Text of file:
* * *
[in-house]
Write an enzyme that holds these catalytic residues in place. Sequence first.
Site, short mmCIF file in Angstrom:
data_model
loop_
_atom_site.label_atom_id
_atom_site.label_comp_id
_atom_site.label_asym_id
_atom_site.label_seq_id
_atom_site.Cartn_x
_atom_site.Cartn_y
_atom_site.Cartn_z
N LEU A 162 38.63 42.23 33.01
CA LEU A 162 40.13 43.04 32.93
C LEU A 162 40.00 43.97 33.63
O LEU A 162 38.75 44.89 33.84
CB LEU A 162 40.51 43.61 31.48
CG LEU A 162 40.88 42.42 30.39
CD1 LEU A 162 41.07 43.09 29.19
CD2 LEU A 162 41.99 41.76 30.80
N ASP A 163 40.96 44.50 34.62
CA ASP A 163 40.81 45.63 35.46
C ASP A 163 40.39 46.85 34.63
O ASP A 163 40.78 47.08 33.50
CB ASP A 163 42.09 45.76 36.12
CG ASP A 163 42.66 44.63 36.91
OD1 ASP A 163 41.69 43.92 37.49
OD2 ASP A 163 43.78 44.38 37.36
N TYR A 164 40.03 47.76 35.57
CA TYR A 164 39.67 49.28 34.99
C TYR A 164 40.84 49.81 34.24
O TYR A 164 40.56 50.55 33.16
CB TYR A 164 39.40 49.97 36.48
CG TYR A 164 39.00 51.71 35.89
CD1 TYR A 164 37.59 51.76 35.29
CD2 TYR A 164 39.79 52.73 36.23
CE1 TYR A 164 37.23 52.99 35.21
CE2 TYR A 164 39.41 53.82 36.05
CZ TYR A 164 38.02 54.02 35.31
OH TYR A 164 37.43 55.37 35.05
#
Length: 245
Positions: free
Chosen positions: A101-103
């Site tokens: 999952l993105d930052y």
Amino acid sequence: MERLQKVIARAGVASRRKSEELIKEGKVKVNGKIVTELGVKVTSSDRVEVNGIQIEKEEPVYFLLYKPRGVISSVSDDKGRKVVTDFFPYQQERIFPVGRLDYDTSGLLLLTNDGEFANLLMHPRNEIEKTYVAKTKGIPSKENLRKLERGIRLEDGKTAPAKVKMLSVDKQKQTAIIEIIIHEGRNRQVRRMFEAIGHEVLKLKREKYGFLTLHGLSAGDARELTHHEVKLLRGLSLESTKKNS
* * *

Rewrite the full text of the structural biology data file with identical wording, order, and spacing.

[in-house]
Write an enzyme that holds these catalytic residues in place. Sequence first.
Site, short mmCIF file in Angstrom:
data_model
loop_
_atom_site.label_atom_id
_atom_site.label_comp_id
_atom_site.label_asym_id
_atom_site.label_seq_id
_atom_site.Cartn_x
_atom_site.Cartn_y
_atom_site.Cartn_z
N LEU A 162 38.63 42.23 33.01
CA LEU A 162 40.13 43.04 32.93
C LEU A 162 40.00 43.97 33.63
O LEU A 162 38.75 44.89 33.84
CB LEU A 162 40.51 43.61 31.48
CG LEU A 162 40.88 42.42 30.39
CD1 LEU A 162 41.07 43.09 29.19
CD2 LEU A 162 41.99 41.76 30.80
N ASP A 163 40.96 44.50 34.62
CA ASP A 163 40.81 45.63 35.46
C ASP A 163 40.39 46.85 34.63
O ASP A 163 40.78 47.08 33.50
CB ASP A 163 42.09 45.76 36.12
CG ASP A 163 42.66 44.63 36.91
OD1 ASP A 163 41.69 43.92 37.49
OD2 ASP A 163 43.78 44.38 37.36
N TYR A 164 40.03 47.76 35.57
CA TYR A 164 39.67 49.28 34.99
C TYR A 164 40.84 49.81 34.24
O TYR A 164 40.56 50.55 33.16
CB TYR A 164 39.40 49.97 36.48
CG TYR A 164 39.00 51.71 35.89
CD1 TYR A 164 37.59 51.76 35.29
CD2 TYR A 164 39.79 52.73 36.23
CE1 TYR A 164 37.23 52.99 35.21
CE2 TYR A 164 39.41 53.82 36.05
CZ TYR A 164 38.02 54.02 35.31
OH TYR A 164 37.43 55.37 35.05
#
Length: 245
Positions: free
Chosen positions: A101-103
């Site tokens: 999952l993105d930052y």
Amino acid sequence: MERLQKVIARAGVASRRKSEELIKEGKVKVNGKIVTELGVKVTSSDRVEVNGIQIEKEEPVYFLLYKPRGVISSVSDDKGRKVVTDFFPYQQERIFPVGRLDYDTSGLLLLTNDGEFANLLMHPRNEIEKTYVAKTKGIPSKENLRKLERGIRLEDGKTAPAKVKMLSVDKQKQTAIIEIIIHEGRNRQVRRMFEAIGHEVLKLKREKYGFLTLHGLSAGDARELTHHEVKLLRGLSLESTKKNS